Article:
the thanksgiving] R.V. marg. ‘Or, the choirs’. The Hebrew word only occurs here; and the LXX. not understanding it renders ἐπὶ τῶν χειρῶν. The Vulgate gives ‘super hymnos.’ Compare the description of Mattaniah, the Asaphite, in Nehemiah 11:17, ‘the chief to begin the thanksgiving in prayer.’Verse 8. - Moreover the Levites: Jeshua, Binnui, Kadmiel, etc. Here again families are probably intended, as in Ezra 2:40; Ezra 3:9; Nehemiah 9:4, 5, etc., though it is possible that the founders of the families actually returned with Zerubbabel. Jeshua, Binnui, and Kadmiel appear as the leading Levitical families at the sealing of the covenant (Nehemiah 10:9). On Mattaniah see the comment upon Nehemiah 11:17. Nehemiah 12:1 contains the title of the first list, Nehemiah 12:1-9. "These are the priests and Levites who went up with Zerubbabel ... and Joshua;" comp. Ezra 2:1-2. Then follow, Nehemiah 12:1, the names of the priests, with the subscription: "These are the heads of the priests and of their brethren, in the days of Joshua." ואחיהם still depends on ראשׁי. The brethren of the priests are the Levites, as being their fellow-tribesmen and assistants. Two-and-twenty names of such heads are enumerated, and these reappear, with but slight variations attributable to clerical errors, as names of priestly houses in Nehemiah 12:12-21, where they are given in conjunction with the names of those priests who, in the days of Joiakim, either represented these houses, or occupied as heads the first position in them. The greater number, viz., 15, of these have already been mentioned as among those who, together with Nehemiah, sealed as heads of their respective houses the agreement to observe the law, Nehemiah 10. Hence the present chapter appears to be the most appropriate place for comparing with each other the several statements given in the books of Nehemiah and Ezra, concerning the divisions or orders of priests in the period immediately following the return from the captivity, and for discussing the question how the heads and houses of priests enumerated in Nehemiah 10 and 12 stand related on the one hand to the list of the priestly races who returned with Zerubbabel and Joshua, and on the other to the twenty-four orders of priests instituted by David. For the purpose of giving an intelligible answer to this question, we first place in juxtaposition the three lists given in Nehemiah, chs. 10 and 12.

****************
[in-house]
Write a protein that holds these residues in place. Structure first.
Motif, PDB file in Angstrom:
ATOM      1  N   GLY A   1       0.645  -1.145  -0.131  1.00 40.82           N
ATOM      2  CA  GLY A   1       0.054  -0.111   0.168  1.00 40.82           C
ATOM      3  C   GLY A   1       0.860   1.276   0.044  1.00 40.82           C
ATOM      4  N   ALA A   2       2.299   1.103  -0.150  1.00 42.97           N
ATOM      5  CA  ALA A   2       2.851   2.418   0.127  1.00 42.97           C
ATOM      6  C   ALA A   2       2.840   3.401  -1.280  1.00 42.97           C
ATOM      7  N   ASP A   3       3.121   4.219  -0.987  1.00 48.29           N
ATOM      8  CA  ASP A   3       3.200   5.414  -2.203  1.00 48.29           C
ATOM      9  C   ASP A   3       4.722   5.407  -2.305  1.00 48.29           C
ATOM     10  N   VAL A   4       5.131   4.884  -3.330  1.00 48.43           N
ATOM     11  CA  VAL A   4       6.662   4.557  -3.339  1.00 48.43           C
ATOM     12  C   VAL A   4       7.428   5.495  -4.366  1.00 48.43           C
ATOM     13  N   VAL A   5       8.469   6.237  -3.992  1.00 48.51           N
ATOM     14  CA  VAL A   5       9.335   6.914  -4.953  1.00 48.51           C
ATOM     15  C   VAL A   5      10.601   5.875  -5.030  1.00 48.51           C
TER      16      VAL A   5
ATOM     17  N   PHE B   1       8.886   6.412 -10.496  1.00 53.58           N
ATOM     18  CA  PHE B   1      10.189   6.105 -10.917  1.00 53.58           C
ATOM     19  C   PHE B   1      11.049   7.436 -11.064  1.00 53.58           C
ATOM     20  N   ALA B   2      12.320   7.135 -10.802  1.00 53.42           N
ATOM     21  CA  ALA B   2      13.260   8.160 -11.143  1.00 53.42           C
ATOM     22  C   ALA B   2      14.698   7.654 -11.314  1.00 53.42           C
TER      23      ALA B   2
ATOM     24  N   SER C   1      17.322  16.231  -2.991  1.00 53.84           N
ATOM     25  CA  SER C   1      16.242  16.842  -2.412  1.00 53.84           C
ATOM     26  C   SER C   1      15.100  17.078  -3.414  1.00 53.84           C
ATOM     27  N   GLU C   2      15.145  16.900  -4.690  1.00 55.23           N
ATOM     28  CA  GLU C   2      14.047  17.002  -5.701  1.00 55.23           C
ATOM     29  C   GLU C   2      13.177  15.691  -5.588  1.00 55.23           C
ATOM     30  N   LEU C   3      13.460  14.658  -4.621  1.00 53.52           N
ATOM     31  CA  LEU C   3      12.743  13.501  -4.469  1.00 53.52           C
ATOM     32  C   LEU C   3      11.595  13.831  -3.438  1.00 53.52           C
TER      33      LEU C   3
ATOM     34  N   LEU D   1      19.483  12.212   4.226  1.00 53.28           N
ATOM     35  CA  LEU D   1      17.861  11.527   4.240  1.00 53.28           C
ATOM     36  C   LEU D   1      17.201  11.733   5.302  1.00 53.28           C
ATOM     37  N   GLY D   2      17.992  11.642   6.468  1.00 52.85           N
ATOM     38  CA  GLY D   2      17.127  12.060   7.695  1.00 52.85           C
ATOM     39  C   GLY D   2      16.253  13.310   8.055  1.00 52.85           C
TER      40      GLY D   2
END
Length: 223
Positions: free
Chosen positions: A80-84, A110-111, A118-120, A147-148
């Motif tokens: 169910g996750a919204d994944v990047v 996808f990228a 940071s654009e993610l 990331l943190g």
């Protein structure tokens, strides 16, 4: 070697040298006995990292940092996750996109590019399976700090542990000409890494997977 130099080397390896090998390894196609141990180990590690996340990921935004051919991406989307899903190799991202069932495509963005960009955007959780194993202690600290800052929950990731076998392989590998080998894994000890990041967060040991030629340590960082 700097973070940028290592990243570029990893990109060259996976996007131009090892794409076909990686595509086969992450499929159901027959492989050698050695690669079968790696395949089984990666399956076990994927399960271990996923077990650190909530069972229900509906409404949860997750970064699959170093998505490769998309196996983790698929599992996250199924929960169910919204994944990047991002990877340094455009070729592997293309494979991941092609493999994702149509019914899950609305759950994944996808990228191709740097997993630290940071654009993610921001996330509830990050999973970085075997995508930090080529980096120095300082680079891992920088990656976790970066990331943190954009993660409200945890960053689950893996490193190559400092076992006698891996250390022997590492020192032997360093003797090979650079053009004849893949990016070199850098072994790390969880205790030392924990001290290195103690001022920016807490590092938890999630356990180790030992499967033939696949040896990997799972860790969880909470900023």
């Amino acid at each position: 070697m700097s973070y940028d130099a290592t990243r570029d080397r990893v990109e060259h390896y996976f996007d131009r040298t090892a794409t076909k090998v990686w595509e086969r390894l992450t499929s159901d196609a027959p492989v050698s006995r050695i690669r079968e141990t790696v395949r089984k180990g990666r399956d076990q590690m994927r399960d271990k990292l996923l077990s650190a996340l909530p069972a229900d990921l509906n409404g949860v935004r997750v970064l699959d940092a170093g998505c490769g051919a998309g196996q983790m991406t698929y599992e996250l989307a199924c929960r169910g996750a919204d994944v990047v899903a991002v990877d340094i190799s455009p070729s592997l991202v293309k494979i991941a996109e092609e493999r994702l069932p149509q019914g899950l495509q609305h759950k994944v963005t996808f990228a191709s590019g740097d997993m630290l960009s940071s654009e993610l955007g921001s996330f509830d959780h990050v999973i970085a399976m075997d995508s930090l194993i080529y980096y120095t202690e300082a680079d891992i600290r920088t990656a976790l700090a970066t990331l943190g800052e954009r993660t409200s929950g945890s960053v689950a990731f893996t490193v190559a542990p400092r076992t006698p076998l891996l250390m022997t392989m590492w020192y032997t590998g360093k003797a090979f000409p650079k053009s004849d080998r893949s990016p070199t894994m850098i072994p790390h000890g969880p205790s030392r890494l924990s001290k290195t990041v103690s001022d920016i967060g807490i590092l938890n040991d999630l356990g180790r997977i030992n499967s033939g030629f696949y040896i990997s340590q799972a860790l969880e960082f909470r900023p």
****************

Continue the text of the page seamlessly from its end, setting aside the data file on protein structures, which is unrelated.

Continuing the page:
Nehemiah 10:3-9 Nehemiah 12:1-7 Nehemiah 12:12-21 Priests who sealed the Covenant Priests who were Heads of their Houses Priestly Houses and their respective Heads 1. Seraiah 1. Seraiah* SeraiahMeraiah 2. Azariah 2. Jeremiah* Jeremiah Hananiah 3. Jeremiah 3. Ezra* Ezra Meshullam 4. Pashur 4. Amariah* Amariah Jehohanan 5. Amariah 5. Malluch* Meluchi Jonathan 6. Malchijah 6. Hattush* 7. Hattush 7. Shecaniah* Shebaniah Joseph 8. Shebaniah 8. Rehum* Harim Adna 9. Malluch 9. Meremoth* Meraioth Helkai 10. Harim 10. Iddo Idiah Zecariah 11. Meremoth 11. Ginnethon* Ginnethon Meshullam 12. Obadiah 12. Abijah* Abijah Zichri 13. Daniel 13. Miamin* Miniamin 14. Ginnethon 14. Maadiah* Moadiah Piltai 15. Baruch 15. Bilgah* Bilgah Shammua 16. Meshullam 16. Shemaiah* Shemaiah Jehonathan 17. Abijah 17. Joiarib Joiarib Mathnai 18. Mijamin 18. Jedaiah Jedaiah Uzzi 19. Maaziah 19. Sallu Sallai Kallai 20. Bilgai 20. Amok Amok Eber 21. Shemaiah 21. Hilkiah Hilkiah Hashabiah 22. Jedaiah 22. Jedaiah Nethaneel When, in the first place, we compare the two series in Nehemiah 12, we find the name of the head of the house of Minjamin, and the names both of the house and the head, Hattush, between Meluchi and Shebaniah, omitted. In other respects the two lists agree both in the order and number of the names, with the exception of unimportant variations in the names, as מלוּכי (Chethiv, Nehemiah 12:14) for מלּוּך (Nehemiah 12:2); שׁכניה (Nehemiah 12:3) for שׁבניה (Nehemiah 12:14, Nehemiah 10:6); רחם (Nehemiah 12:3), a transposition of חרם (Nehemiah 12:15, Nehemiah 10:6); מריות (Nehemiah 12:15) instead of מרמות (Nehemiah 12:3, Nehemiah 10:6); עדיא (Chethiv, Nehemiah 12:16) instead of עדּוא (Nehemiah 12:4); מיּמין (Nehemiah 12:5) for מנימין (Nehemiah 12:17); מועדיה (Nehemiah 12:17) for מעדיה (Nehemiah 12:4), or, according to a different pronunciation, מעזיה (Nehemiah 10:9); סלּי (Nehemiah 12:20) for סלּוּ (Nehemiah 12:7). - If we next compare the two lists in Nehemiah 12 with that in Nehemiah 10, we find that of the twenty-two names given (Nehemiah 12), the fifteen marked thus * occur also in Nehemiah 10; עזריה, Nehemiah 10:4, being evidently a clerical error, or another form of עזרא, Nehemiah 12:2, Nehemiah 12:13. Of the names enumerated in Nehemiah 10, Pashur, Malchiah, Obadiah, Daniel, Baruch, and Meshullam are wanting in Nehemiah 12, and are replaced by Iddo and the six last: Joiarib, Jedaiah, Sallu, Amok, Hilkiah, and Jedaiah. The name of Eliashib the high priest being also absent, Bertheau seeks to explain this difference by supposing that a portion of the priests refused their signatures because they did not concur in the strict measures of Ezra and Nehemiah. This conjecture would be conceivable, if we found in Nehemiah 10 that only thirteen orders or heads of priests had signed instead of twenty-two. Since, however, instead of the seven missing names, six others signed the covenant, this cannot be the reason for the difference between the names in the two documents (Nehemiah 10, 12), which is probably to be found in the time that elapsed between the making of these lists. The date of the list, Nehemiah 12:1-7, is that of Zerubbabel and Joshua (b.c. 536); that of the other in Nehemiah 12, the times of the high priest Joiakim the son of Joshua, i.e., at the earliest, the latter part of the reign of Darius Hystaspis, perhaps even the reign of Xerxes.